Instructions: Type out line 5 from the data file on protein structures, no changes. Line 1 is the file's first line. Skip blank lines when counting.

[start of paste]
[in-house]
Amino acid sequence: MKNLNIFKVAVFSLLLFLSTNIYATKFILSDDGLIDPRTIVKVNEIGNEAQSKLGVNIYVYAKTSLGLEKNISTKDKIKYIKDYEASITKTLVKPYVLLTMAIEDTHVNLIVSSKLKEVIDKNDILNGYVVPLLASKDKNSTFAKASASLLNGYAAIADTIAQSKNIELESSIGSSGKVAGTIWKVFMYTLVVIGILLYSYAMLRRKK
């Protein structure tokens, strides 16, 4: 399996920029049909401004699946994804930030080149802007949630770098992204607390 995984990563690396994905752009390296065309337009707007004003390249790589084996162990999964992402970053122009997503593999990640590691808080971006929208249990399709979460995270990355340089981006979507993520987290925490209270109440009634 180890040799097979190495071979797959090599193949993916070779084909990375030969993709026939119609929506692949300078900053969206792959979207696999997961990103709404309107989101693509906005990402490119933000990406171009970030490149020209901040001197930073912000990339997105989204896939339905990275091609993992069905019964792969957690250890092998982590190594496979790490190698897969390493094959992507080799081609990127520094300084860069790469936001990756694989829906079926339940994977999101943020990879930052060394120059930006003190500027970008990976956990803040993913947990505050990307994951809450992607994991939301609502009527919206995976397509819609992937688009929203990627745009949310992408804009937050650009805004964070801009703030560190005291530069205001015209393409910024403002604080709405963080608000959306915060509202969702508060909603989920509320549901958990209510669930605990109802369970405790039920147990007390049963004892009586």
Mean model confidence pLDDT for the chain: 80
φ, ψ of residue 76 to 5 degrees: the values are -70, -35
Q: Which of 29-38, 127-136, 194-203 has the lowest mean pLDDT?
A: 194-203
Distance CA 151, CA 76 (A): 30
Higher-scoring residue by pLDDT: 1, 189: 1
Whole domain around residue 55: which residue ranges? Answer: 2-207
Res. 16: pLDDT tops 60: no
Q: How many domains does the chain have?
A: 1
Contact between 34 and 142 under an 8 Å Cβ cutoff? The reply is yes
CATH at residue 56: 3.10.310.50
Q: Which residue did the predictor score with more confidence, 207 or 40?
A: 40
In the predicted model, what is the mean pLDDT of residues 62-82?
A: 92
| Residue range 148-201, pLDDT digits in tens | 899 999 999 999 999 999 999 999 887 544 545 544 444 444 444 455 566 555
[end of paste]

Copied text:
φ, ψ of residue 76 to 5 degrees: the values are -70, -35